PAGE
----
9900 Head Problems

Hi Dana,

I replaced the exit valve seals, no problems. Filled the repaired cartridges and installed them. I had left PF cartridges installed everywhere except the VM, LLK and Y positions, where the cartridge exit valves were damaged. The Cyan position, the clogged one, has had PF since April 7. I’ve done occasional regular cleanings to keep the head in condition—every position except Cyan was printing fine with PF in the lines (or ink in the VM, LLK and Y lines).

I ran the Init Fill, the second time. I did a nozzle check after letting the printer sit for 10 minutes—Cyan is still clogged. I will let it sit another 24 hours and check and clean again, but my guess is that I am not going to get the head cleared.


– Paul

Thanks for the update Paul. I’m glad you were able to replace the exit valve seals, and that carts are now working well. Unfortunately, it seems like you may not have success getting the cyan channel working again. What percentage of the cyan channel isn’t printing, or is the whole channel blank? If the cyan channel is printing somewhat, but not fully, you can try a SSCL thru the service mode- but I would only do one, then turn the printer and turn it on normally to print a nozzle check to check the status. You can also try the paired power clean cycle thru the service mode, which is different than thru the regular cleaning menu.

If you don’t have success getting the cyan channel printing again, but all other channels are working well, I’d either call Epson and tell them their new head died after a short time, and see if they can get it working, or make use of the good working channels by setting this printer up with a custom Piezography system.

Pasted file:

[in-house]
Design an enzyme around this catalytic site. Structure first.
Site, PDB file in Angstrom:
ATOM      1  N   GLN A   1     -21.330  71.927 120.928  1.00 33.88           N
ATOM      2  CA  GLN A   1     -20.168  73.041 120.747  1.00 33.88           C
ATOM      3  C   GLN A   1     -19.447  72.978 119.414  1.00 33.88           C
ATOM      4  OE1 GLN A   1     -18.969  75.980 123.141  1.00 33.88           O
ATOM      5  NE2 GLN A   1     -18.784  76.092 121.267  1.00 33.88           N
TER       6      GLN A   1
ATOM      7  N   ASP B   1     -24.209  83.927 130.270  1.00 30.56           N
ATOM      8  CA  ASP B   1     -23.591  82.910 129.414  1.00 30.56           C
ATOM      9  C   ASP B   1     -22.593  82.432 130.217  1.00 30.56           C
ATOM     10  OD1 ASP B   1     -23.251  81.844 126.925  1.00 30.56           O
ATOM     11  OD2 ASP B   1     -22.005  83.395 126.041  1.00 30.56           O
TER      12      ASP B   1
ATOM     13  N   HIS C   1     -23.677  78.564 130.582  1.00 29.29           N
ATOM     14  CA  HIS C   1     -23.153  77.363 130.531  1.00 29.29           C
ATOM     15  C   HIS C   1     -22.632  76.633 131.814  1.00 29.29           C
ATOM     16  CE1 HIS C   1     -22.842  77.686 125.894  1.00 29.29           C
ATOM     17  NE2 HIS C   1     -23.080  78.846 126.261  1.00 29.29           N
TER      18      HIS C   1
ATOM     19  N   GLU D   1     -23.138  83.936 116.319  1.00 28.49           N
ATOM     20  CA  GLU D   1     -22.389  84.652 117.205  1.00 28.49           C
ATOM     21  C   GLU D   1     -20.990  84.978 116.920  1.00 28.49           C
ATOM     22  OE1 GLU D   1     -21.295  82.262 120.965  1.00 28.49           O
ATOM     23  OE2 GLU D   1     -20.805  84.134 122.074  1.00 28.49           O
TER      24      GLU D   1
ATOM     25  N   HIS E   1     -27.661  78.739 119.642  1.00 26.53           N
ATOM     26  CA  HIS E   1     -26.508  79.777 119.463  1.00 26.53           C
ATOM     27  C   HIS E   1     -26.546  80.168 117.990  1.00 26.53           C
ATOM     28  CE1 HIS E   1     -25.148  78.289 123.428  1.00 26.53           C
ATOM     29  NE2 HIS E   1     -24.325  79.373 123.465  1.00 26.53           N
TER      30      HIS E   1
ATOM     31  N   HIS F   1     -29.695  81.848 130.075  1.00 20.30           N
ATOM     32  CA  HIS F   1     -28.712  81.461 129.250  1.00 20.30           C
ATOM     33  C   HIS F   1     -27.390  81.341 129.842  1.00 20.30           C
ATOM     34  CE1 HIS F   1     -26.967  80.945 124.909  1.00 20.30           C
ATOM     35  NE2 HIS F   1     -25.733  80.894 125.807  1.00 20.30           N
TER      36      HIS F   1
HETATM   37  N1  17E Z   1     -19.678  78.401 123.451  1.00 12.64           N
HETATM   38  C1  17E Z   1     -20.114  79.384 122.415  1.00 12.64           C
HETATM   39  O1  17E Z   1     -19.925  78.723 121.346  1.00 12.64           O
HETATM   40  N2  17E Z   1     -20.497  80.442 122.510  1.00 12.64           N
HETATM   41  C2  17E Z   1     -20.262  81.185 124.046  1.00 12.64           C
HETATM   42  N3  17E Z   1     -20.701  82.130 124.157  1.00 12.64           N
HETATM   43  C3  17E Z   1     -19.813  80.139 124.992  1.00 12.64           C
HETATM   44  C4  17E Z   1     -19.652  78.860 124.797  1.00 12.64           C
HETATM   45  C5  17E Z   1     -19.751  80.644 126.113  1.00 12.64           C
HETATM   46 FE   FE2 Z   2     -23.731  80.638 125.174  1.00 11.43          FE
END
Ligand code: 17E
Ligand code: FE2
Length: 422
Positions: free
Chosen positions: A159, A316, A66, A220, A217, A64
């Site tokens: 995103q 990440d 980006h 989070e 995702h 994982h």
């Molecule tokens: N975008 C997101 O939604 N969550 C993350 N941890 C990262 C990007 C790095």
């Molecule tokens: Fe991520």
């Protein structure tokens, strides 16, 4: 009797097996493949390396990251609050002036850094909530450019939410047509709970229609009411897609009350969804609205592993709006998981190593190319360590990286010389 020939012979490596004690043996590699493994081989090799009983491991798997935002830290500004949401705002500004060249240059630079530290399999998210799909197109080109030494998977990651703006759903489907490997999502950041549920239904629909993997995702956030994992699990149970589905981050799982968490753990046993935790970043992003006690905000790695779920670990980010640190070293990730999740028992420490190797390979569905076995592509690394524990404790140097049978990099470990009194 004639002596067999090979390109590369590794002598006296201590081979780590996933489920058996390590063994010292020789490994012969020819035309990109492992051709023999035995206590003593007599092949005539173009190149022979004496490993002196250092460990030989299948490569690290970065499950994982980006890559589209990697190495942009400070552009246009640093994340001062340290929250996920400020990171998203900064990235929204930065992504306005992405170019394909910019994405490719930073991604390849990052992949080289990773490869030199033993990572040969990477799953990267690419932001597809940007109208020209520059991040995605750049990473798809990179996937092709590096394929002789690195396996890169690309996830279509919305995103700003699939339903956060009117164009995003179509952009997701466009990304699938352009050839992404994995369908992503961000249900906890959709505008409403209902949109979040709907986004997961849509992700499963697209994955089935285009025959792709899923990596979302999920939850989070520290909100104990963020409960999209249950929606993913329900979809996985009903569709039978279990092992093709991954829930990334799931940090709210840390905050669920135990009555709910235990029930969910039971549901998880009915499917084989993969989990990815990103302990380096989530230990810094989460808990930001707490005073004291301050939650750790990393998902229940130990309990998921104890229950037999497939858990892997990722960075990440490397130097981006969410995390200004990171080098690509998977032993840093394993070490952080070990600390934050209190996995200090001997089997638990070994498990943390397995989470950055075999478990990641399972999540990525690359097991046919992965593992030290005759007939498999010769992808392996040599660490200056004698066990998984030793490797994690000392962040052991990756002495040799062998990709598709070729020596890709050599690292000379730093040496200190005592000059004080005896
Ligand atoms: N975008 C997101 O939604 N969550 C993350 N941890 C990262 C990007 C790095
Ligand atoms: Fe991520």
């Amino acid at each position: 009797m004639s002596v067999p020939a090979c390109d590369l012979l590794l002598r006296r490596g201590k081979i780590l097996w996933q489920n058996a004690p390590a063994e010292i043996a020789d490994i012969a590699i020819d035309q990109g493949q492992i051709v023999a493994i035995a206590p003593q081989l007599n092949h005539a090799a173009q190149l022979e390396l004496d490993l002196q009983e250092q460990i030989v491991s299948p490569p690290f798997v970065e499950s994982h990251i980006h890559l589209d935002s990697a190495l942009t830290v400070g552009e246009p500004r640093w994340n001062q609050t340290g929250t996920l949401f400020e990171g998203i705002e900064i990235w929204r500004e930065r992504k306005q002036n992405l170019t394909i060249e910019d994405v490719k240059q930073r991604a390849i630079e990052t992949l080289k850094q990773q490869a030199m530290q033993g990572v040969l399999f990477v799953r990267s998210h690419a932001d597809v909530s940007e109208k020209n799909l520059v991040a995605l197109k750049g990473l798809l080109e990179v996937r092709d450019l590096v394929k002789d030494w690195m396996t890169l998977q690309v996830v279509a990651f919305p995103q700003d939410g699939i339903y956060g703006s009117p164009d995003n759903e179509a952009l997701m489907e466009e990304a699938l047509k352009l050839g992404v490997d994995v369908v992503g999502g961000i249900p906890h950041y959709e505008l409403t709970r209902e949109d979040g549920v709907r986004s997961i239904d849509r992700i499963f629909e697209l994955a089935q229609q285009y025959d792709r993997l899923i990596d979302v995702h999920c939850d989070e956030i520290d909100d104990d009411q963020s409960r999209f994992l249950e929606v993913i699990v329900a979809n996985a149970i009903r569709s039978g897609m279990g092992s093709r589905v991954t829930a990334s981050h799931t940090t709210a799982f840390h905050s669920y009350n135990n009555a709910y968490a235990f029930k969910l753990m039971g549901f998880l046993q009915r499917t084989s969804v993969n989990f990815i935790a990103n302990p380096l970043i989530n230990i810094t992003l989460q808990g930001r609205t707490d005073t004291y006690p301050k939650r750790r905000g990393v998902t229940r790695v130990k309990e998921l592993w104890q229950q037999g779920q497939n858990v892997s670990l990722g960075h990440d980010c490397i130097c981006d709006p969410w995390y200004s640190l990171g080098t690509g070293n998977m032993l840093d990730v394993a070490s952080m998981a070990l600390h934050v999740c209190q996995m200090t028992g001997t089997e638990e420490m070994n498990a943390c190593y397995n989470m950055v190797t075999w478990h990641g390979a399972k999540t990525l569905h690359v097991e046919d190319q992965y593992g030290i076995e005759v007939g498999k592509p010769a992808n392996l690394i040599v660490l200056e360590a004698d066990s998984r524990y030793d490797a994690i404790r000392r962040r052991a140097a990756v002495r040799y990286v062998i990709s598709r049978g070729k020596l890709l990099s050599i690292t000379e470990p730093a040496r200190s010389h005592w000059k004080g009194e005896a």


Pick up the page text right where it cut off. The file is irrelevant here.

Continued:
Best wishes~ Dana

Cyan is missing three lines just above the middle, otherwise seems to be printing. Not sure what SSCL is.

I did call Epson. They sent me a VM and a C 150mL cartridge and a maintenance tank in commiseration, but otherwise said I should replace the head.


– Paul

One SSCL and one C/VM level 4 cleaning later and the Cyan head has not cleared. At least everything else is printing pink PiezoFlush. I"m turning the printer off. It seems to me it should be ready to rest until I consider whether to supply it with Piezography inks. It’s full of flush and it seems it should keep the remaining heads usable for some time.